Description
CROSS-REFERENCE TO RELATED APPLICATION

This application is a National Phase Application of International Application No. PCT/US2005/005442, filed Feb. 18, 2005, which claims priority under 35 U.S.C. 119 (a-e) of U.S. Provisional Application No. 60/546,498, entitled “Displacement Transducer for Load Cells, Pressure Sensors, Accelerometers, Velocity Meters, and Flow Meteres,” filed Feb. 20, 2004, and U.S. Provisional Application No. 60/641,719, entitled “Displacement Transducer For Load Cells, Pressure Sensors, Accelerometers, Velocity Meters and Flow Meters”, filed Jan. 6, 2005. Each of these provisional applications was filed by an inventor common to the present application, and each application is hereby wholly incorporated by reference.

FIELD OF THE INVENTION

This invention relates to force measuring transducers, and more particularly to load cell devices. Even more particularly, this invention relates to a load cell monitoring a displacement of a physical component of the load cell present in an electromagnetic field according to the effect of the displacement on perturbing the field.

BACKGROUND OF THE INVENTION

Force measuring transducers such as load cells, are well known in the arts. Many different sensing technologies have been used in load cell transducers, such as strain gauge sensing, capacitive sensing, force balance sensing, and variable reluctance sensing. These sensing technologies are well known in the arts. An example of a strain sensor used in load cell manufacturing is described in U.S. Pat. No. 4,064,744, “Strain Sensor extensiometer” to Kistler, while a capacitive sensor is described in U.S. Pat. No. 4,237,989, “Capacitive Load Cell And Method Of Manufacture” to Lewis.

In a related area, acceleration transducers have been described comprising a probe placed in resonant microwave cavity (see, e.g., U.S. Pat. No. 5,546,806, “Microwave Vector Displacement and Acceleration Transducer” to Kain and U.S. Pat. No. 5,261,278, “Microwave Acceleration Transducer” to Kain, each of which is hereby incorporated by reference). An acceleration of the cavity displaces the probe, which causes a variation in the radio frequency (RF) resonant modes of the cavity. The mode changes are then correlated with acceleration values. In comparison to conventional sensors employed for load cell technology, these accelerometer transducers provide the advantage of having an electric signal-generating component that is physically decoupled from the mechanical component of the device.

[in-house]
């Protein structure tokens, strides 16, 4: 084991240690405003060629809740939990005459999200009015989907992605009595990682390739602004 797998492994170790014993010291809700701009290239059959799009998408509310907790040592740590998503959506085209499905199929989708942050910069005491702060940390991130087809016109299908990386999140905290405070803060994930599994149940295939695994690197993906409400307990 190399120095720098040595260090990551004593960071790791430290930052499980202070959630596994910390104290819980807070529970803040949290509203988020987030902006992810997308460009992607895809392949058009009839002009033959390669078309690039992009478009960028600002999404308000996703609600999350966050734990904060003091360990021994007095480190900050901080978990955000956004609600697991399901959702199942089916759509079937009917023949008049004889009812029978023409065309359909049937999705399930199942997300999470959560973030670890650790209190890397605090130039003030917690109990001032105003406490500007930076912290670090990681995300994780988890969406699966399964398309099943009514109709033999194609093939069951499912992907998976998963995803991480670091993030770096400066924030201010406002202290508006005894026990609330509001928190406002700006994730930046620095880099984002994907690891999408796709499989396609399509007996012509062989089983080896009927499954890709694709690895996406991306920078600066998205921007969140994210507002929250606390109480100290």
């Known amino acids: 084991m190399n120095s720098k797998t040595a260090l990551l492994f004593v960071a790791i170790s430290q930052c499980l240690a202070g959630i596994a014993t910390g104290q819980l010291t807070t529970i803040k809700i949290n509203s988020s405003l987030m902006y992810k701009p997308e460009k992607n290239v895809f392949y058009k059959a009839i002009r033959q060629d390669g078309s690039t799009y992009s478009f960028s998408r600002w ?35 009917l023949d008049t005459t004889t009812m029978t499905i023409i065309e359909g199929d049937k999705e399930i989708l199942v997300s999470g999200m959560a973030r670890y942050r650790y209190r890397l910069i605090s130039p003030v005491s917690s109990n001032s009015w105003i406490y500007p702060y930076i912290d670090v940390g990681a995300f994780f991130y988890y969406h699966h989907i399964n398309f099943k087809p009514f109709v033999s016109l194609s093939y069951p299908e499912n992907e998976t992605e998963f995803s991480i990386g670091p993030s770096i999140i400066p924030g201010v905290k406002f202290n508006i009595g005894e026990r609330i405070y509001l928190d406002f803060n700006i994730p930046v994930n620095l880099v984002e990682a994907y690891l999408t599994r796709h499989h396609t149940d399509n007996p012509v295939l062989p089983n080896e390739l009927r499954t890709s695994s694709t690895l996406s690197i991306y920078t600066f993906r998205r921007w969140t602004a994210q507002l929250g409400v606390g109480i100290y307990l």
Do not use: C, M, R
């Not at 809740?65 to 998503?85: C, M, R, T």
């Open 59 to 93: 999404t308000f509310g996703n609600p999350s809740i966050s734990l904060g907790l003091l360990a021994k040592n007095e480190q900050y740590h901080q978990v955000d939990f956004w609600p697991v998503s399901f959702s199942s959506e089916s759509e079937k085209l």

It would be advantageous if the electric signal-generating components of other displacement-based devices could be physically decoupled from the mechanical components undergoing displacement.

SUMMARY OF THE INVENTION

In accordance with the principles of the present invention, a force measuring transducer is disclosed that operates by producing a physical displacement effect. The force measuring transducer includes a physical component displaced by operating the sensing device, an electrical component structure that produces an electromagnetic (EM) field in response to an applied radio frequency signal, and a monitoring circuit for monitoring an output signal affected by the EM field to detect an operation of the sensing device according to a change in the output signal. The physical component is positioned in proximity to the EM field generated by the electronic component structure, such that it perturbs the EM field without physically contacting said electrical component structure. A displacement of the physical component results in a change to the perturbation of the EM field, and thereby, to a change in the output signal.